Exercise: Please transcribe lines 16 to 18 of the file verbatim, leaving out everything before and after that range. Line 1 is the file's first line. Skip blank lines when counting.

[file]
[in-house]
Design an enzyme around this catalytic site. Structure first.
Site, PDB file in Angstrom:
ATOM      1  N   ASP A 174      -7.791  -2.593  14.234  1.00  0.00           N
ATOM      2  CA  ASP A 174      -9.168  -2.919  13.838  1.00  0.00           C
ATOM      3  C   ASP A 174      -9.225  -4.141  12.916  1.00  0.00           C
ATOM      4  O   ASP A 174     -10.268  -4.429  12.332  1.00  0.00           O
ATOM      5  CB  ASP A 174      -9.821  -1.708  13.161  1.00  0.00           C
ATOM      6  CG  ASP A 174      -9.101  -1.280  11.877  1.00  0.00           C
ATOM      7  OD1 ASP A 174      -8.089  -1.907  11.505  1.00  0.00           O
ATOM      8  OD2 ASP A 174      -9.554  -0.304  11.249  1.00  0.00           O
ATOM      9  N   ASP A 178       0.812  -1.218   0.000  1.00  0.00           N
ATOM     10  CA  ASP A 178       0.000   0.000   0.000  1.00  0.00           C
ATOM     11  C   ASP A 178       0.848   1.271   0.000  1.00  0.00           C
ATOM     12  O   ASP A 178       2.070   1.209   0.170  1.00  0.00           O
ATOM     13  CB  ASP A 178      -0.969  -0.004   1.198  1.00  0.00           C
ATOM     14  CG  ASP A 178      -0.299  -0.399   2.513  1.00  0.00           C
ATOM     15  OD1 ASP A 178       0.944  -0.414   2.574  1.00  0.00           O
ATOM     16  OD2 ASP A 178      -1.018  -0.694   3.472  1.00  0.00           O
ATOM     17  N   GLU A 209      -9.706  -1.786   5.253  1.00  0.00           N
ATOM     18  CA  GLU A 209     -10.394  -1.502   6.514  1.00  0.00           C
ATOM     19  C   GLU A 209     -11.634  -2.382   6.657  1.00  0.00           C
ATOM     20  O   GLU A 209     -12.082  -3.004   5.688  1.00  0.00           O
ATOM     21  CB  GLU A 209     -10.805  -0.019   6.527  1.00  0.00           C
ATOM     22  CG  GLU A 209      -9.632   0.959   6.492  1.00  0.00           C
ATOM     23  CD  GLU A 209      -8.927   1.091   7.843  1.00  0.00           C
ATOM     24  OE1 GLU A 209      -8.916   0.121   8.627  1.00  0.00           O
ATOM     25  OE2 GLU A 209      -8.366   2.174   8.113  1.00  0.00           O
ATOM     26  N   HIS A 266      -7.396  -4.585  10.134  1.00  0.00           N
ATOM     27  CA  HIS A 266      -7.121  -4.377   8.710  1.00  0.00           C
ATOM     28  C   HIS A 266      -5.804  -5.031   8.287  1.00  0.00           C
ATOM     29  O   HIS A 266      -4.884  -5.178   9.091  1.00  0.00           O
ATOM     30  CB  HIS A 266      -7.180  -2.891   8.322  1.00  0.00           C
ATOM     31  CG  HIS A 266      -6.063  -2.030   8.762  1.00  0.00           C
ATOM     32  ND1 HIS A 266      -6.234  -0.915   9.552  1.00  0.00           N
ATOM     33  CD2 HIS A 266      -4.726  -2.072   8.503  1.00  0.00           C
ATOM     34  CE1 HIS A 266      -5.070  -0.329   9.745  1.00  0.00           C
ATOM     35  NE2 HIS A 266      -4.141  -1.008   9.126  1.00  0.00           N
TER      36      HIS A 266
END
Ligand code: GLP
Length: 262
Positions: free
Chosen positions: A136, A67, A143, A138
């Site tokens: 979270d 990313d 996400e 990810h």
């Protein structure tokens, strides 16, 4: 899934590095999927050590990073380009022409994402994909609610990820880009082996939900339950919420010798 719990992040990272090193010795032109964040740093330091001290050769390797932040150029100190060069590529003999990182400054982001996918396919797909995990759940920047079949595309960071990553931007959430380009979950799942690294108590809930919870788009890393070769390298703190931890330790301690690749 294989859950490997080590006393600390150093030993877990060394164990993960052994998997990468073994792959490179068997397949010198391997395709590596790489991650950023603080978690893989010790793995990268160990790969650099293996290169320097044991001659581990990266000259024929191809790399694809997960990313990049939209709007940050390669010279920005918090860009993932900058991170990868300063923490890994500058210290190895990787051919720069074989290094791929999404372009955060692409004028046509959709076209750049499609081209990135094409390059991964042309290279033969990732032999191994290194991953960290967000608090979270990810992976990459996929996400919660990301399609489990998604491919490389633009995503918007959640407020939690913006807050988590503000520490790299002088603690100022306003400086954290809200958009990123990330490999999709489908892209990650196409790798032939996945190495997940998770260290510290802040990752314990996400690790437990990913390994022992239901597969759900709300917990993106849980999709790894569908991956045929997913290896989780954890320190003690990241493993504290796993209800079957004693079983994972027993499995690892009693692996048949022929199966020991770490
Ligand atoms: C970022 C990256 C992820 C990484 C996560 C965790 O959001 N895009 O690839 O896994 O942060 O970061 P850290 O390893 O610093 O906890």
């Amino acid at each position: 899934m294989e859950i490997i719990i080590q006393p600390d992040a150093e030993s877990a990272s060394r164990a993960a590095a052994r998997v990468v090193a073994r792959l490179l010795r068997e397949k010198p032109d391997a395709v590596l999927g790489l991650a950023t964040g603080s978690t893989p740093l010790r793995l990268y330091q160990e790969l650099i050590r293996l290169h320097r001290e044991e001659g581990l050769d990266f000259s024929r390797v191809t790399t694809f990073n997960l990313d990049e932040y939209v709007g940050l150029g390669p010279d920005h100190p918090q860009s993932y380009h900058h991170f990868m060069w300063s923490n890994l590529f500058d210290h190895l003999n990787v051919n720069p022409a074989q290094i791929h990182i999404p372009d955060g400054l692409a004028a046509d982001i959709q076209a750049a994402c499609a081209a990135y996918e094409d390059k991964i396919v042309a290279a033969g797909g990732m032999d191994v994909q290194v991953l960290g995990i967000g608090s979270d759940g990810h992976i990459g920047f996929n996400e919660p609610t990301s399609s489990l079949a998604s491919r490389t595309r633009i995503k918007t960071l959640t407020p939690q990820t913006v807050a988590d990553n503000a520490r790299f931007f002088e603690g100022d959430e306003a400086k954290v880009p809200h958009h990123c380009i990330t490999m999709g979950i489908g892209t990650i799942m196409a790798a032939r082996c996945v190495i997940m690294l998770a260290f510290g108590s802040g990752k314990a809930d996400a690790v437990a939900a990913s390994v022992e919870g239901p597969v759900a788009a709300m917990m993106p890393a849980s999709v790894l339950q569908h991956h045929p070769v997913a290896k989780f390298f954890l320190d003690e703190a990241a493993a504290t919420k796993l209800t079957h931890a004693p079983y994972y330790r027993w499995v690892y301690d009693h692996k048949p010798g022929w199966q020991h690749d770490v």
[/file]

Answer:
ATOM     13  CB  ASP A 178      -0.969  -0.004   1.198  1.00  0.00           C
ATOM     14  CG  ASP A 178      -0.299  -0.399   2.513  1.00  0.00           C
ATOM     15  OD1 ASP A 178       0.944  -0.414   2.574  1.00  0.00           O